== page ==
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Sleep is a time of rest for the entire body. Even the heart, which works day and night, naturally slows down during sleep. That’s why unhealthy heart function can deprive the body of restful sleep. Yet, the relationship between heart function and sleep works both ways. For instance, sleep-related breathing disorders have been shown to play a major role in causing several types of heart and blood vessel disease.

Maintaining a Healthy Heart

Many things can be done to maintain a healthy heart: eat a nutritional diet, maintain a healthy weight, exercise regularly, get regular medical check-ups, and get adequate amounts of good quality sleep. If you have any kind of heart condition, it is especially to watch signs that you may have a sleep related breathing disorder, such as OSA, which could stress your heart.

Breathing Disorders And The Heart

People with OSA are often overweight and experience loud snoring, gasping or choking episodes while sleeping, as well as trouble staying awake during the daytime. If you already have hypertension or cardiovascular disease (coronary artery disease, angina pectoris, stroke), talk with your healthcare professional about whether or not you may have a sleep and breathing disorder, such as OSA or CSA. It is also important that patients with congestive heart failure be monitored for CSA and other sleep disorders. In contrast to people with OSA, those with heart failure and CSA are commonly thin and may not snore at all. If your healthcare professional thinks that you have a sleep disorder, he or she may suggest you have a diagnostic test, called a sleep study, or refer you to a sleep medicine specialist. Sleep studies are usually done in a sleep laboratory. Small sensors called electrodes are attached to your body to measure your sleep, breathing heart rate and oxygen level. The sleep specialist will be able to determine whether you have any abnormalities in the quality of your sleep. Your healthcare professional is then given the results and the two of you can decide on the best course of treatment. Sleep disorders are treatable, and treatment can lead to a more healthy heart.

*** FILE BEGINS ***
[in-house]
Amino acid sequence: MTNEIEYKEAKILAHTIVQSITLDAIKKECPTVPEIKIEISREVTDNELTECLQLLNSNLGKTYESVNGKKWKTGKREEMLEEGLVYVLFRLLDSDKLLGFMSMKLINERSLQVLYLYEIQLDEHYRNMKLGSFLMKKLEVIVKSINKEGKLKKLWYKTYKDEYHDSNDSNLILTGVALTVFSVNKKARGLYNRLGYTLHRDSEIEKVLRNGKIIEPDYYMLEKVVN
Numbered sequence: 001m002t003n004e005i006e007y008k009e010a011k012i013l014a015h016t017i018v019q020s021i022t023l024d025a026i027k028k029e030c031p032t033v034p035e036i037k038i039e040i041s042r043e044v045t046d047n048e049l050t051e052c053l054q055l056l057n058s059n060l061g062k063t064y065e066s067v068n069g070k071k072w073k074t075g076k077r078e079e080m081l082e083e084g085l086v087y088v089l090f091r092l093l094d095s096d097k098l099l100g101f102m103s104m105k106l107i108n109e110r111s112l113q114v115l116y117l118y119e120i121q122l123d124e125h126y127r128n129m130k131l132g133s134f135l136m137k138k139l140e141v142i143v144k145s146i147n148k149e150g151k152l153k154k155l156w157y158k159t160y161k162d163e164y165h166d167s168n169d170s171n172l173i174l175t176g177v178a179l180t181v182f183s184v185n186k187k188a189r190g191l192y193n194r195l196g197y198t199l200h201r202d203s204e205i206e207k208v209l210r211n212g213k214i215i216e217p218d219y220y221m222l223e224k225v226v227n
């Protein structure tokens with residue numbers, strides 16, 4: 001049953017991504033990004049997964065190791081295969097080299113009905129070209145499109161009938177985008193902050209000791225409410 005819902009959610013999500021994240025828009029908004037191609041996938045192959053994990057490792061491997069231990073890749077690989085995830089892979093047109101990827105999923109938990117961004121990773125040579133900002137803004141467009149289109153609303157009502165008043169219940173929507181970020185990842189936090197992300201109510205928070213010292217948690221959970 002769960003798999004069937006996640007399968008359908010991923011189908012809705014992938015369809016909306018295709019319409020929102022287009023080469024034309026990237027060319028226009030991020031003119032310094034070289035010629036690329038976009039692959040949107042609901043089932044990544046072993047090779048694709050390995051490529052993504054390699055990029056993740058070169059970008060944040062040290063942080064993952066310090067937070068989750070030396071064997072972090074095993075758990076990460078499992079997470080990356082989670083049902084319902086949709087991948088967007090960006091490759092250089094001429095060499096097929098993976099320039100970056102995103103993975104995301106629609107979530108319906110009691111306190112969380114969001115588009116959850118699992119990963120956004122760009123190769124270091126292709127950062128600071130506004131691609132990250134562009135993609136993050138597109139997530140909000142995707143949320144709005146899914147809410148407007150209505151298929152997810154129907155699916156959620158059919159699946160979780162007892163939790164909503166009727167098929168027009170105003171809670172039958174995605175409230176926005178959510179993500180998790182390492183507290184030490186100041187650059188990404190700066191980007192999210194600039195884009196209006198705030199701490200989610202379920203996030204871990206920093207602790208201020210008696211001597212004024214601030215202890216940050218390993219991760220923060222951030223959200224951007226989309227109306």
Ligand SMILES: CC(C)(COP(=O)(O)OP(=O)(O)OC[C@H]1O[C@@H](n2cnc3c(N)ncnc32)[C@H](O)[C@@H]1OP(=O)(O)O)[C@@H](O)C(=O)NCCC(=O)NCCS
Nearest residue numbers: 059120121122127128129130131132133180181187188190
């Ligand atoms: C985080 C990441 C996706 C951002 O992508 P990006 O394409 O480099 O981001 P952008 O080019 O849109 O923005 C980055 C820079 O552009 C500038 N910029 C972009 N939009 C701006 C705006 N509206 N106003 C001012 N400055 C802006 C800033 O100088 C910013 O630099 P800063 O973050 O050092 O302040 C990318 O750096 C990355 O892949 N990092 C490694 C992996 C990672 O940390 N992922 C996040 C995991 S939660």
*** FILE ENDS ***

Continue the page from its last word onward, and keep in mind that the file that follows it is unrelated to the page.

How To Sleep Well

  • Get up about the same time every day.
  • Go to bed only when sleepy.
  • Establish relaxing pre-sleep rituals, such as a warm bath, light bedtime snack, or 10 minutes of reading.
  • Exercise regularly. Vigorous exercise should be confined to the early part of the day, light exercise should take place at least four hours before bedtime.
  • Maintain a regular schedule.
  • Avoid caffeine within six hours of bedtime.
  • Try to nap at the same time every day; mid-afternoon is best for most people.
  • Never combine sleeping pills and alcohol.

Sleep isn’t just a “time out” from daily life. It is an active state important for renewing our mental and physical health each day. If you’re failing to get a good night’s sleep, contact us to schedule an appointment or answer any questions.